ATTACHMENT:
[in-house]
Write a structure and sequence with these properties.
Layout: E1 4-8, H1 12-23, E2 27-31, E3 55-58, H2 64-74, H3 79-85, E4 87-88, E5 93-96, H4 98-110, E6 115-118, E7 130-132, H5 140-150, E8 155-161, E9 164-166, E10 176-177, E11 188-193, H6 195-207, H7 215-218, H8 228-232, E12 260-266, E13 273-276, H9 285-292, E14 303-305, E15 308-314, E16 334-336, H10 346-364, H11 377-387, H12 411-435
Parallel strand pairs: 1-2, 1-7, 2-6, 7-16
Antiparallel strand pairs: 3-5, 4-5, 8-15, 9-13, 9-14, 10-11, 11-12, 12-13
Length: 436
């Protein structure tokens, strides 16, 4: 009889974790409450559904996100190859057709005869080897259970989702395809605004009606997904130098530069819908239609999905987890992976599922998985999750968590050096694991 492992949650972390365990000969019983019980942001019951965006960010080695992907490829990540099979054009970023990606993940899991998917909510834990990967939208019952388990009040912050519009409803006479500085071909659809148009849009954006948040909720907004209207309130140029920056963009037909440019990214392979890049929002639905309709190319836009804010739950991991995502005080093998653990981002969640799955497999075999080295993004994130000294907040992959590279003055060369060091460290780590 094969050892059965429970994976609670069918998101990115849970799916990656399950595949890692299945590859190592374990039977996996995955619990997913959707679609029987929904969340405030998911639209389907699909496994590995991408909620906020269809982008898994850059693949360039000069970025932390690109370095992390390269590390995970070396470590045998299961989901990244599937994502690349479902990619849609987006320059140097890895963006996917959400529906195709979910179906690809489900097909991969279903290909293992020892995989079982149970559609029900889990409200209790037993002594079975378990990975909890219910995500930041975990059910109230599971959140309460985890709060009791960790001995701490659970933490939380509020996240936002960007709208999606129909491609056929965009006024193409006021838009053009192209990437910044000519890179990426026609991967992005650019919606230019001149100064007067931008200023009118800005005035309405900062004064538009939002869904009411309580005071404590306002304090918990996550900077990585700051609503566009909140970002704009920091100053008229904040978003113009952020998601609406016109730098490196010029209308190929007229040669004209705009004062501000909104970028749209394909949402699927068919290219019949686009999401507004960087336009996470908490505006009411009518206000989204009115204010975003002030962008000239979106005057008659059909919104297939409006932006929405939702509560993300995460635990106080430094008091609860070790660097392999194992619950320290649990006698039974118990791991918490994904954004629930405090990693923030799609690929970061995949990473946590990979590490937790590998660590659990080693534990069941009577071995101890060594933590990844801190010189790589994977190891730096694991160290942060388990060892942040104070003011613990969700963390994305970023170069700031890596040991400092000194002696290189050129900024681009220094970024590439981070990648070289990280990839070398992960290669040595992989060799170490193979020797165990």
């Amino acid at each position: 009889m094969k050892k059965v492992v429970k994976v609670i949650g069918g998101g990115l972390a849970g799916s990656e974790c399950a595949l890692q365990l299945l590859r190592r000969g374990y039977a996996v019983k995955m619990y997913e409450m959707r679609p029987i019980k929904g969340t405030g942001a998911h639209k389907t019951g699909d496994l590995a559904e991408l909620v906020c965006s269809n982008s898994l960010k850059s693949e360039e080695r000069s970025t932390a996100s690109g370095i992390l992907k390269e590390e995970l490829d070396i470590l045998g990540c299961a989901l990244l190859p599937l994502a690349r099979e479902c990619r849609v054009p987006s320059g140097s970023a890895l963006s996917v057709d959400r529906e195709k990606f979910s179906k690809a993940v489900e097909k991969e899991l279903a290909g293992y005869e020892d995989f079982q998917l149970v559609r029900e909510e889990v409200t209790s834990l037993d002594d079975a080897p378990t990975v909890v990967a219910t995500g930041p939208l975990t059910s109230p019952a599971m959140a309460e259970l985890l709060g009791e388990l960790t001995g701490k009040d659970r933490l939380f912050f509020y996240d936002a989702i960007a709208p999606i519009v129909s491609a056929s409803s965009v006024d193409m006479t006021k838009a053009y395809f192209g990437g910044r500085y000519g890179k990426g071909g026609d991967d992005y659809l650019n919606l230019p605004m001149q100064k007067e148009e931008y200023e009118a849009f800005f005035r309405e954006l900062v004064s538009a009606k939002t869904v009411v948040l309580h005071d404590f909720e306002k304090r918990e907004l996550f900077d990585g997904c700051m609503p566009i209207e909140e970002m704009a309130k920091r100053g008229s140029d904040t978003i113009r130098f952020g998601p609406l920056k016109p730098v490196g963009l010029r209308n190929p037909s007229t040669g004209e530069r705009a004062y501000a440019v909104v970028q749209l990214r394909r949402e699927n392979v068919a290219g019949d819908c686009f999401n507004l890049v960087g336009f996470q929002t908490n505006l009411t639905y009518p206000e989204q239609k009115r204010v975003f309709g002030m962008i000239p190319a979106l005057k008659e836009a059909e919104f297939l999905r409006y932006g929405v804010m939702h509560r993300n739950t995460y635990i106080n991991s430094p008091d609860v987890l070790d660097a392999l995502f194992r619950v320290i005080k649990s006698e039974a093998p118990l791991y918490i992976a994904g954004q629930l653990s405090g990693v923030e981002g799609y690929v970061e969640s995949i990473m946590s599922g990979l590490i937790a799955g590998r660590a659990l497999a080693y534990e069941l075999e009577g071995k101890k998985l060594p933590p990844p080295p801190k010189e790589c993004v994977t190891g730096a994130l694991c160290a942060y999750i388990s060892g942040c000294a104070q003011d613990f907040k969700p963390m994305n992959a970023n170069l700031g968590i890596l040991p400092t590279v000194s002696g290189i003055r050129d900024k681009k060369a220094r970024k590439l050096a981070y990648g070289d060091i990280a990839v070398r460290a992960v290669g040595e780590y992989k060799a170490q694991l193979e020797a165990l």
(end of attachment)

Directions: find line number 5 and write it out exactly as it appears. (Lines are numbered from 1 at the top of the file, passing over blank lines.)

Antiparallel strand pairs: 3-5, 4-5, 8-15, 9-13, 9-14, 10-11, 11-12, 12-13